Mehmet-Ali (not pictured) was the first surfer here along with Mehmet (top photo). They told me that initially the coast guard kept trying to drag them out of the water during such dangerous ocean conditions. They first had major difficulties just getting some boards here from Europe, but now they are slowly growing their local surf scene. The water isn’t very cold here, even in the winter, when the storms bring the swell, I was only wearing a 2mm short arm suit and was plenty warm enough. There is a pounding beachbreak that will give up the odd barrel here and there, innumerable peeling reefbreaks of varying quality, and a rivermouth wave. The different breaks are all in a small area and face different directions around a small point, so it’s often easy to surf where the wind is offshore. So close to Europe, it could be an ideal place for European tourists to come learn to surf rather than braving the frigid waters of the North Atlantic.
I’m always happy to meet a local surf crew, but I honestly wasn’t sure exactly what we were going to ride until a few hours later. Along the same stretch of beach I’d seen on the way into town, the surf had tripled in size in the space of a few hours. It was amazing. I raced over to meet Mehmet and Mehmet Ali at the surf club – a hotel run by Mehmet Ali, with boards and suits piled up on top of tables in the lobby. It felt great to jump in the water and paddle again, but it became immediately clear that I was in shocking condition. It seems that sitting on a motorcycle for months on end does not do wonders for one’s physical fitness. After an hour or so, the sun was on its way down and I looked up to the cliff that we were surfing beneath to realize that there was a huge castle perched on top of it. By then I couldn’t stop smiling. I was surfing in Turkey, under a castle.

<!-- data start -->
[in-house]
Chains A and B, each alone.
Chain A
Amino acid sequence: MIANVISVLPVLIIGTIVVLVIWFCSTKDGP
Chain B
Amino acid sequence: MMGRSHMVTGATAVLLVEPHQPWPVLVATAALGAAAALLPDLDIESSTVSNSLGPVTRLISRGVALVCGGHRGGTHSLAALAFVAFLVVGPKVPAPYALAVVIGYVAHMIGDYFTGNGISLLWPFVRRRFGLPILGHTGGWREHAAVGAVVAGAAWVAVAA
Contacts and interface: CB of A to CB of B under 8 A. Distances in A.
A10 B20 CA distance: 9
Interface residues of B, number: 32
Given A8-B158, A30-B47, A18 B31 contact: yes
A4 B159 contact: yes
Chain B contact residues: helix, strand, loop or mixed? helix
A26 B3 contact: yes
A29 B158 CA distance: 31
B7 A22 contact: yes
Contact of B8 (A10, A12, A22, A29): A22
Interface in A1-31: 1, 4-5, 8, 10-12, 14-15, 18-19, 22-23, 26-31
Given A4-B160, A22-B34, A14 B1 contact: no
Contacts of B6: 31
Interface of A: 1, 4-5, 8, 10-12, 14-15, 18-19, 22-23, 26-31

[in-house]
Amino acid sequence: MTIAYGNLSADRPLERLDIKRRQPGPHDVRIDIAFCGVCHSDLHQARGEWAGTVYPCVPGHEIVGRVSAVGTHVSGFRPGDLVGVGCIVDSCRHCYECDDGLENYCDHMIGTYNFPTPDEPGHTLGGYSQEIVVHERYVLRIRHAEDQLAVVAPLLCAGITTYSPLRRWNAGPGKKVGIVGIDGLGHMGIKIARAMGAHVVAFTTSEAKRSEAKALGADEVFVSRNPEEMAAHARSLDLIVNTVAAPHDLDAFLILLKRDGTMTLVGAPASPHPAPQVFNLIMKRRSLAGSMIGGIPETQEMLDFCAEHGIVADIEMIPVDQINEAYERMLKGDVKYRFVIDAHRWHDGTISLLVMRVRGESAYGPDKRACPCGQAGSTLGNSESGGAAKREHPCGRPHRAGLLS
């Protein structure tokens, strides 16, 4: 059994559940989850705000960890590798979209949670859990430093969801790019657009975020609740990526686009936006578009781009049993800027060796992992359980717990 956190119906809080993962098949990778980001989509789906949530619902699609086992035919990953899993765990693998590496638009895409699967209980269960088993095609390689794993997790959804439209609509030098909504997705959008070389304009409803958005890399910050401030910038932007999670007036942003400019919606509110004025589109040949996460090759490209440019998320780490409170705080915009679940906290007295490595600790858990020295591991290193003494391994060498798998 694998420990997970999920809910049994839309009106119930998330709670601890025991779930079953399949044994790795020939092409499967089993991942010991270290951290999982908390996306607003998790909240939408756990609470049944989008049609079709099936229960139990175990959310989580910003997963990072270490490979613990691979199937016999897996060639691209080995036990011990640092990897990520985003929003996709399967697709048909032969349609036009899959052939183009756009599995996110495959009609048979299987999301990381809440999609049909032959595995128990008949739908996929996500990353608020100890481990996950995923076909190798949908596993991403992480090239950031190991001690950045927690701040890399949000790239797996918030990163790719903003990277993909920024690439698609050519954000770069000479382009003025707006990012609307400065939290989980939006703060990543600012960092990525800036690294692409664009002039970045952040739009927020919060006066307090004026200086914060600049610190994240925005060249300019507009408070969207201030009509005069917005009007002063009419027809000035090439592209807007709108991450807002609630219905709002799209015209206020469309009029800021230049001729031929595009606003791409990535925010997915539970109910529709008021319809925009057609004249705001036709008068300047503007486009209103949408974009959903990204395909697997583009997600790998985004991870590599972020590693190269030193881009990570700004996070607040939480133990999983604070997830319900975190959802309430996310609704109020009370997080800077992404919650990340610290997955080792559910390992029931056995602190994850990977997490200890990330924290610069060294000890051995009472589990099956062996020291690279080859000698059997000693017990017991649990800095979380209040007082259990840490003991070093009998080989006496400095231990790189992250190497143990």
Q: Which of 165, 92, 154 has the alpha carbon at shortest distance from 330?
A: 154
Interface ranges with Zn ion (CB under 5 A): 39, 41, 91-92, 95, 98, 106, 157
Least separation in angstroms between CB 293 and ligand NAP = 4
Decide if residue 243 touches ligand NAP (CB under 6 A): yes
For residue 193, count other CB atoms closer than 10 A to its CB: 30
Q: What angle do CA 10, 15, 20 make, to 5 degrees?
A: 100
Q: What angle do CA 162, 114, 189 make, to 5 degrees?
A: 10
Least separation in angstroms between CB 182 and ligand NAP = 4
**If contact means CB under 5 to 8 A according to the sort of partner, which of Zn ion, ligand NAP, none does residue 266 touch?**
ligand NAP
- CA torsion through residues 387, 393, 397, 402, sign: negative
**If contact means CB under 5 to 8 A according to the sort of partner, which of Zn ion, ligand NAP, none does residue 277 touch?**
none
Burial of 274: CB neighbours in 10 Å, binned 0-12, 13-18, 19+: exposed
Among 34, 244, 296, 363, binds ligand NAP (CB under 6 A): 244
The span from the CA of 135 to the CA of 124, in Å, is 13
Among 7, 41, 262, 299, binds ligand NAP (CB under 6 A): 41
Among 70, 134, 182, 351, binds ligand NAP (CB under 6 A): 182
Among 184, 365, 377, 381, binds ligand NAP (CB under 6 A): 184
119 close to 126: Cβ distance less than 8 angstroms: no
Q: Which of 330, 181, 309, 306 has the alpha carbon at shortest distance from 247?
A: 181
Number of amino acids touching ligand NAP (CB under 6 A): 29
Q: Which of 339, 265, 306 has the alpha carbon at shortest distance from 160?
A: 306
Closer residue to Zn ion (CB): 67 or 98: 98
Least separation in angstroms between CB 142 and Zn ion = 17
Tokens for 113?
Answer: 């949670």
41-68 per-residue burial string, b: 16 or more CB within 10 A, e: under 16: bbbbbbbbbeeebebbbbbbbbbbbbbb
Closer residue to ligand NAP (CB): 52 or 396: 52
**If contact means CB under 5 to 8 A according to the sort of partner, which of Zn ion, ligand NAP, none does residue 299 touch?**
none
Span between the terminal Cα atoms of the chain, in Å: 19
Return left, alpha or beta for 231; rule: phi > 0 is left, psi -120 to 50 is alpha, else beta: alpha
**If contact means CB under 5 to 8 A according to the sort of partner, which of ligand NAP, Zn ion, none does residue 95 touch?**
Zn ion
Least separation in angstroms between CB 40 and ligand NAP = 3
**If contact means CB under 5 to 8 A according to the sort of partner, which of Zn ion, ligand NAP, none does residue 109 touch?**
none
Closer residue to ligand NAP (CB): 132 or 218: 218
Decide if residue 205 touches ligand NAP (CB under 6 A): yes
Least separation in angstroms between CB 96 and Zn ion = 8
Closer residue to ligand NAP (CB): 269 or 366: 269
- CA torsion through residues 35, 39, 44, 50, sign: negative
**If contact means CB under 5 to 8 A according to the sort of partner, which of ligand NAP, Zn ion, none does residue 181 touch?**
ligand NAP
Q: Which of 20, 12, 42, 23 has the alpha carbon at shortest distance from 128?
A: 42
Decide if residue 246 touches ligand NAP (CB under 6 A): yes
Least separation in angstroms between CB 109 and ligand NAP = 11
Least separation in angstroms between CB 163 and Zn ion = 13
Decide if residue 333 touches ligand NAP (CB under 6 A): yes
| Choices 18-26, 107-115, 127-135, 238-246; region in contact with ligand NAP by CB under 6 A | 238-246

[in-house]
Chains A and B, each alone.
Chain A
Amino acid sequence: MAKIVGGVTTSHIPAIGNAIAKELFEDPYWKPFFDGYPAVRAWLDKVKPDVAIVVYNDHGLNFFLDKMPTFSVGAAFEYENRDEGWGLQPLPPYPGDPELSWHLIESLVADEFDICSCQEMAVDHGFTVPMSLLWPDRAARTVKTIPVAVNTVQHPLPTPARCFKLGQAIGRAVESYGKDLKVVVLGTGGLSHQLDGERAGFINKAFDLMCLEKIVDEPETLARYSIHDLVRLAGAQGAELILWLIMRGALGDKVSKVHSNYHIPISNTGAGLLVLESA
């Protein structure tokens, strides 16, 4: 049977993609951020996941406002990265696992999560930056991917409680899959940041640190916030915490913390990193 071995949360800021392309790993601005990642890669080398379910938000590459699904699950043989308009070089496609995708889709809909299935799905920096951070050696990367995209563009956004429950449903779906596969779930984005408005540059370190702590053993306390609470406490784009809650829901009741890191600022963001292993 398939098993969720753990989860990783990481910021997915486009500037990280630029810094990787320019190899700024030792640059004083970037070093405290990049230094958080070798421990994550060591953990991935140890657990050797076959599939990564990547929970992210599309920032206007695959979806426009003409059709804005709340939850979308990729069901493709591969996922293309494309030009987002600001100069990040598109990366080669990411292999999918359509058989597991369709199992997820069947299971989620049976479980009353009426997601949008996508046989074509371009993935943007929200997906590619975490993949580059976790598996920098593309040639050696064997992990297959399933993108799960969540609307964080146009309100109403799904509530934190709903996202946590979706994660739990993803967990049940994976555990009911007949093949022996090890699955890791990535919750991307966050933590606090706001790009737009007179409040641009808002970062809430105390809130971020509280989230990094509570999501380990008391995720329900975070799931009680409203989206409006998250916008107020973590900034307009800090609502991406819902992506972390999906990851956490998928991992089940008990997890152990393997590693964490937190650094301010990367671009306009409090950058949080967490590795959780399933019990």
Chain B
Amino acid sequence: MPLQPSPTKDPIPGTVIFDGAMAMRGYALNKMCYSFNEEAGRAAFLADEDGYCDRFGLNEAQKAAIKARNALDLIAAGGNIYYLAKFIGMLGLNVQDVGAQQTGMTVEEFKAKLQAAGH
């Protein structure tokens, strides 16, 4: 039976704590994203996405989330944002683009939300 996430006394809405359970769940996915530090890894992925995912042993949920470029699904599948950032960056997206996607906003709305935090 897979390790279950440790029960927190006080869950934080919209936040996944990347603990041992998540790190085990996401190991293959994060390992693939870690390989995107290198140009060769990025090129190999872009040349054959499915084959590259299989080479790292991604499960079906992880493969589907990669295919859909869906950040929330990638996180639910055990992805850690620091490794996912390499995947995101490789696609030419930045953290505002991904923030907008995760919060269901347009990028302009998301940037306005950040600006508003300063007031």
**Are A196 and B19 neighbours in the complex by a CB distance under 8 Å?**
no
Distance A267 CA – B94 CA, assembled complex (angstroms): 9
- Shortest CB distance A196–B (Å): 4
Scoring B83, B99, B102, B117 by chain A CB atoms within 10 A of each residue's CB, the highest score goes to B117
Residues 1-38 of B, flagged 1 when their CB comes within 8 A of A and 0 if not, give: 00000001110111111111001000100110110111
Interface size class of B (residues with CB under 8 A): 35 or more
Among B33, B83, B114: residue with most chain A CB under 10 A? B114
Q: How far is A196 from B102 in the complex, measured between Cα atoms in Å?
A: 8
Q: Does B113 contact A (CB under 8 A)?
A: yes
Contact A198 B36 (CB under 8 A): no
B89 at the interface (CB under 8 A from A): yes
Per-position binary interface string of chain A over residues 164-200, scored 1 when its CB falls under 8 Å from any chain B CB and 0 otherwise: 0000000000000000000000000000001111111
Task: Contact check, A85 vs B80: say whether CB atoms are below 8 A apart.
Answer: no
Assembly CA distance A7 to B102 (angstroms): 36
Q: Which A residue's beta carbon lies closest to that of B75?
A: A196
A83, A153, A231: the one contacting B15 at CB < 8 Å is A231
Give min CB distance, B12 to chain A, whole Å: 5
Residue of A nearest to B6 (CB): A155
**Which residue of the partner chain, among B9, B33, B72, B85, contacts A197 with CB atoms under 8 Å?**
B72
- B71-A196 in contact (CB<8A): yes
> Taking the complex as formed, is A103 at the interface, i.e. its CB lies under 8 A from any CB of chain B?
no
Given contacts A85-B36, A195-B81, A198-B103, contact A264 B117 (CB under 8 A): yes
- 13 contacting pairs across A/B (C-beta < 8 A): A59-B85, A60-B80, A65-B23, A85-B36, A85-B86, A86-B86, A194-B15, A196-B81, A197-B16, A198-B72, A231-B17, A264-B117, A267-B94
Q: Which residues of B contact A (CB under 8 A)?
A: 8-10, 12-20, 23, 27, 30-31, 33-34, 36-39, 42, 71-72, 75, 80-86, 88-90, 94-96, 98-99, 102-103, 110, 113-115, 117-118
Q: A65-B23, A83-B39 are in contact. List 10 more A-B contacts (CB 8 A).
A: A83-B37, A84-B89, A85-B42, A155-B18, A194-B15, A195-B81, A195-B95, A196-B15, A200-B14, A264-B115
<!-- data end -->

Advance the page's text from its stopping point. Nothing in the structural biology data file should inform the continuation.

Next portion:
The next few days the swell stayed up, and every day the guys were on top of it and sent me a message to come surf. I honestly couldn’t believe how good the waves were, by far the best I’d surfed in the Mediterranean. The waves weren’t the weak-feeling short-fetch windswelly stuff that I’d expected – they had similar punch to plenty of your average beachbreaks in California.
Yours truly having a delightful day in the water.
Mehmet found some trim.
Cagri ducked for cover
After surfing one afternoon, I was surprised to find a full camera crew assembled on the beach. Traveling surfers are still a rarity in Turkey, so much so that Mehmet had alerted the local news station to my visit and they showed up on the beach with cameras blazing. With Mehmet translating for me, I told them about the journey, what I was doing in Turkey, and what I thought about the waves in Alanya. It was all pretty funny and I got my moment of fame that night on Turkish television. Never imagined I’d be able to make such a claim.
Turkey really wasn’t on my radar at all for a place to come surfing, but leaving no stone unturned sometimes brings the spoils. It’s been a blast riding waves with the stoked surfers of Alanya. I got to taste again what I had loved so much about surfing in West Africa: the excitement of a new surf scene and the welcoming nature of surfers pioneering their own territory. Surfing is a great way to connect with people. No matter the cultural divides, love of riding waves binds our global tribe together, and I feel so fortunate to be reminded of that in the most unlikely of places.